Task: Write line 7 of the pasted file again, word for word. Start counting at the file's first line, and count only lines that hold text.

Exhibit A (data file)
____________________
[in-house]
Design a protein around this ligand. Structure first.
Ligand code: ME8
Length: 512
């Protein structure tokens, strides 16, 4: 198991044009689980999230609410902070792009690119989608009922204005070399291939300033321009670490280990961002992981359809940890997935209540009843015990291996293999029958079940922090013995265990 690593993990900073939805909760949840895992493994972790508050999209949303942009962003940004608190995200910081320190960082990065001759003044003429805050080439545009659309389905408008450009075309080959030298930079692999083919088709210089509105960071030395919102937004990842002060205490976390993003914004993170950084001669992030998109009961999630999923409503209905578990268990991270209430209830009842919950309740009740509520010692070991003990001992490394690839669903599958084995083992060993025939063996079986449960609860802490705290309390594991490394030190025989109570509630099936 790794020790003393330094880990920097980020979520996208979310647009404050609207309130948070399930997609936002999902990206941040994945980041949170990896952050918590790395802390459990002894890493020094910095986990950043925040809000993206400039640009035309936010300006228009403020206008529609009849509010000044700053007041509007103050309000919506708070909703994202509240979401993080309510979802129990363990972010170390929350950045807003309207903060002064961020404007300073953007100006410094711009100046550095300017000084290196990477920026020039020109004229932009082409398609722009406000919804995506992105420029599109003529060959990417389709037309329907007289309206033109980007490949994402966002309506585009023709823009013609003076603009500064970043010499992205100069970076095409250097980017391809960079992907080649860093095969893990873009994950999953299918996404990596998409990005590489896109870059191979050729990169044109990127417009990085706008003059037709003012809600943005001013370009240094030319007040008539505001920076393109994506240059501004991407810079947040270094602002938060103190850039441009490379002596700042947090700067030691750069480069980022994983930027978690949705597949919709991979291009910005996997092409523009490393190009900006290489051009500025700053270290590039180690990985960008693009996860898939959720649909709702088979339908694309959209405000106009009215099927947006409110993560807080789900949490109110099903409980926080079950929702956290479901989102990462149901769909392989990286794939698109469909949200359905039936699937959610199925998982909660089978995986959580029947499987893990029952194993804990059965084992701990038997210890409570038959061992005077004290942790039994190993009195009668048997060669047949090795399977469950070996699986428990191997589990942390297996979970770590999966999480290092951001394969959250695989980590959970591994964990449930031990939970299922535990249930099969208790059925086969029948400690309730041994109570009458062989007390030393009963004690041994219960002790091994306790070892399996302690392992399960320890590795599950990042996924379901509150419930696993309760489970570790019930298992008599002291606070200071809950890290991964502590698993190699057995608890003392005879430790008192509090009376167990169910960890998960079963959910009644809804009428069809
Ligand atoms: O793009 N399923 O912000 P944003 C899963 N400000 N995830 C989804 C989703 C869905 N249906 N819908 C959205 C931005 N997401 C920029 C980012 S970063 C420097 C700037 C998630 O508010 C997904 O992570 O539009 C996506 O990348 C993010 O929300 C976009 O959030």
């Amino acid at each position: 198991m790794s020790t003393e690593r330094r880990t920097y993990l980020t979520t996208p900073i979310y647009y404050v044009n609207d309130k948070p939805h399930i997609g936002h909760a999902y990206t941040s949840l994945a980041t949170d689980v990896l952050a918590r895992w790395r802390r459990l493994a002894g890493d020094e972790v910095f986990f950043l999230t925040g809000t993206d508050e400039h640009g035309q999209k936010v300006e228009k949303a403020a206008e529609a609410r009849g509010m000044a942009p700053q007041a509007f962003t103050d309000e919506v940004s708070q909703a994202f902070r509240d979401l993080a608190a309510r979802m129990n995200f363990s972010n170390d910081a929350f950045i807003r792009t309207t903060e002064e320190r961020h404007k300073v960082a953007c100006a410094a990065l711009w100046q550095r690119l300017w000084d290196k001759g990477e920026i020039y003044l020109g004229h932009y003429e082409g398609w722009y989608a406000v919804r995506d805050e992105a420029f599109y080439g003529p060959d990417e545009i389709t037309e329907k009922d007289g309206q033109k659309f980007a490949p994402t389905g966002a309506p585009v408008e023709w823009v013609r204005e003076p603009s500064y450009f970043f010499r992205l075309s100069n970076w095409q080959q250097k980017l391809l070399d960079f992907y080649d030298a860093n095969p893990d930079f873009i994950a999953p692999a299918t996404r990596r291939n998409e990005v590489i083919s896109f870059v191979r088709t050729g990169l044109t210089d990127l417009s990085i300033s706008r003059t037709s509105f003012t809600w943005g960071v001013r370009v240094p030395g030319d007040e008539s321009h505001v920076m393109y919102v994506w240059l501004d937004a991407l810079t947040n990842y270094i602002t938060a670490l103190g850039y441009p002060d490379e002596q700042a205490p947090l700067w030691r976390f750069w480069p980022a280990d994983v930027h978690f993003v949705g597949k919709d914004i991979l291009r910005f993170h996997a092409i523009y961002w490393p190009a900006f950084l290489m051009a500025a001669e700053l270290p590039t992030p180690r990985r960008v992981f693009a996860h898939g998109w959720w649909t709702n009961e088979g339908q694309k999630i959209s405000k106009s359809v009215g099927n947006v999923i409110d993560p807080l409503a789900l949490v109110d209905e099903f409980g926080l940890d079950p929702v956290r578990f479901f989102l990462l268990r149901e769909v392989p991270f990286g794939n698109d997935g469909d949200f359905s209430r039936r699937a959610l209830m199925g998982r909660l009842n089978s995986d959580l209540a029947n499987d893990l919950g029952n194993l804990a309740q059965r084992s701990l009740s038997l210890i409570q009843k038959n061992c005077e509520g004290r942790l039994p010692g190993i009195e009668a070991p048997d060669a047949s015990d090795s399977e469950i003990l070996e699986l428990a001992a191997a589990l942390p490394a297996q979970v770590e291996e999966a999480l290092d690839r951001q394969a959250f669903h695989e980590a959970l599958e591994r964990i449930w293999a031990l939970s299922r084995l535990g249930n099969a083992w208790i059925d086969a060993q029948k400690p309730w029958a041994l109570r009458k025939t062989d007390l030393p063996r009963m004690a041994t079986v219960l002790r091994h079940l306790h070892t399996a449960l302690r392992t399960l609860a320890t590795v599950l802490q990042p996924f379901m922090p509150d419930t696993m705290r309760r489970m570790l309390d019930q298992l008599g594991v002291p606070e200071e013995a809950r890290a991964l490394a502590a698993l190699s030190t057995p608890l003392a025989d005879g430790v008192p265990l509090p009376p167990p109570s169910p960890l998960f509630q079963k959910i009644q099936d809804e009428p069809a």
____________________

């Amino acid at each position: 198991m790794s020790t003393e690593r330094r880990t920097y993990l980020t979520t996208p900073i979310y647009y404050v044009n609207d309130k948070p939805h399930i997609g936002h909760a999902y990206t941040s949840l994945a980041t949170d689980v990896l952050a918590r895992w790395r802390r459990l493994a002894g890493d020094e972790v910095f986990f950043l999230t925040g809000t993206d508050e400039h640009g035309q999209k936010v300006e228009k949303a403020a206008e529609a609410r009849g509010m000044a942009p700053q007041a509007f962003t103050d309000e919506v940004s708070q909703a994202f902070r509240d979401l993080a608190a309510r979802m129990n995200f363990s972010n170390d910081a929350f950045i807003r792009t309207t903060e002064e320190r961020h404007k300073v960082a953007c100006a410094a990065l711009w100046q550095r690119l300017w000084d290196k001759g990477e920026i020039y003044l020109g004229h932009y003429e082409g398609w722009y989608a406000v919804r995506d805050e992105a420029f599109y080439g003529p060959d990417e545009i389709t037309e329907k009922d007289g309206q033109k659309f980007a490949p994402t389905g966002a309506p585009v408008e023709w823009v013609r204005e003076p603009s500064y450009f970043f010499r992205l075309s100069n970076w095409q080959q250097k980017l391809l070399d960079f992907y080649d030298a860093n095969p893990d930079f873009i994950a999953p692999a299918t996404r990596r291939n998409e990005v590489i083919s896109f870059v191979r088709t050729g990169l044109t210089d990127l417009s990085i300033s706008r003059t037709s509105f003012t809600w943005g960071v001013r370009v240094p030395g030319d007040e008539s321009h505001v920076m393109y919102v994506w240059l501004d937004a991407l810079t947040n990842y270094i602002t938060a670490l103190g850039y441009p002060d490379e002596q700042a205490p947090l700067w030691r976390f750069w480069p980022a280990d994983v930027h978690f993003v949705g597949k919709d914004i991979l291009r910005f993170h996997a092409i523009y961002w490393p190009a900006f950084l290489m051009a500025a001669e700053l270290p590039t992030p180690r990985r960008v992981f693009a996860h898939g998109w959720w649909t709702n009961e088979g339908q694309k999630i959209s405000k106009s359809v009215g099927n947006v999923i409110d993560p807080l409503a789900l949490v109110d209905e099903f409980g926080l940890d079950p929702v956290r578990f479901f989102l990462l268990r149901e769909v392989p991270f990286g794939n698109d997935g469909d949200f359905s209430r039936r699937a959610l209830m199925g998982r909660l009842n089978s995986d959580l209540a029947n499987d893990l919950g029952n194993l804990a309740q059965r084992s701990l009740s038997l210890i409570q009843k038959n061992c005077e509520g004290r942790l039994p010692g190993i009195e009668a070991p048997d060669a047949s015990d090795s399977e469950i003990l070996e699986l428990a001992a191997a589990l942390p490394a297996q979970v770590e291996e999966a999480l290092d690839r951001q394969a959250f669903h695989e980590a959970l599958e591994r964990i449930w293999a031990l939970s299922r084995l535990g249930n099969a083992w208790i059925d086969a060993q029948k400690p309730w029958a041994l109570r009458k025939t062989d007390l030393p063996r009963m004690a041994t079986v219960l002790r091994h079940l306790h070892t399996a449960l302690r392992t399960l609860a320890t590795v599950l802490q990042p996924f379901m922090p509150d419930t696993m705290r309760r489970m570790l309390d019930q298992l008599g594991v002291p606070e200071e013995a809950r890290a991964l490394a502590a698993l190699s030190t057995p608890l003392a025989d005879g430790v008192p265990l509090p009376p167990p109570s169910p960890l998960f509630q079963k959910i009644q099936d809804e009428p069809a």